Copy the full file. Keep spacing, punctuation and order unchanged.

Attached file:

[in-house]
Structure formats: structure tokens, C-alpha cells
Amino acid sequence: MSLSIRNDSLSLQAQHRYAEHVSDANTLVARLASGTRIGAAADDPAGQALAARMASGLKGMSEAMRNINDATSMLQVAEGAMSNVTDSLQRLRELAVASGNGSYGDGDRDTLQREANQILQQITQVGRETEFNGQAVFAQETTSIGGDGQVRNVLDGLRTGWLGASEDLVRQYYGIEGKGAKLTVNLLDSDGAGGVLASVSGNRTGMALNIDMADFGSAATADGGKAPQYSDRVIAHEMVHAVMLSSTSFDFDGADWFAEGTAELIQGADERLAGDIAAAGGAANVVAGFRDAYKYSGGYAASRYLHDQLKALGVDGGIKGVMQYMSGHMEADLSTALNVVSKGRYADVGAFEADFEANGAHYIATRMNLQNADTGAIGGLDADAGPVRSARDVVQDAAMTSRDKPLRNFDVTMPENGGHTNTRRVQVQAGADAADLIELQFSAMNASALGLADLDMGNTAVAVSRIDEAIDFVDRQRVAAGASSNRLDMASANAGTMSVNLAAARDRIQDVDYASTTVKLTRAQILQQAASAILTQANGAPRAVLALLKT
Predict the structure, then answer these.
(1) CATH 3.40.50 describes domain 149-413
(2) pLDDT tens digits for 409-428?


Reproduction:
[in-house]
Structure formats: structure tokens, C-alpha cells
Amino acid sequence: MSLSIRNDSLSLQAQHRYAEHVSDANTLVARLASGTRIGAAADDPAGQALAARMASGLKGMSEAMRNINDATSMLQVAEGAMSNVTDSLQRLRELAVASGNGSYGDGDRDTLQREANQILQQITQVGRETEFNGQAVFAQETTSIGGDGQVRNVLDGLRTGWLGASEDLVRQYYGIEGKGAKLTVNLLDSDGAGGVLASVSGNRTGMALNIDMADFGSAATADGGKAPQYSDRVIAHEMVHAVMLSSTSFDFDGADWFAEGTAELIQGADERLAGDIAAAGGAANVVAGFRDAYKYSGGYAASRYLHDQLKALGVDGGIKGVMQYMSGHMEADLSTALNVVSKGRYADVGAFEADFEANGAHYIATRMNLQNADTGAIGGLDADAGPVRSARDVVQDAAMTSRDKPLRNFDVTMPENGGHTNTRRVQVQAGADAADLIELQFSAMNASALGLADLDMGNTAVAVSRIDEAIDFVDRQRVAAGASSNRLDMASANAGTMSVNLAAARDRIQDVDYASTTVKLTRAQILQQAASAILTQANGAPRAVLALLKT
Predict the structure, then answer these.
(1) CATH 3.40.50 describes domain 149-413
(2) pLDDT tens digits for 409-428?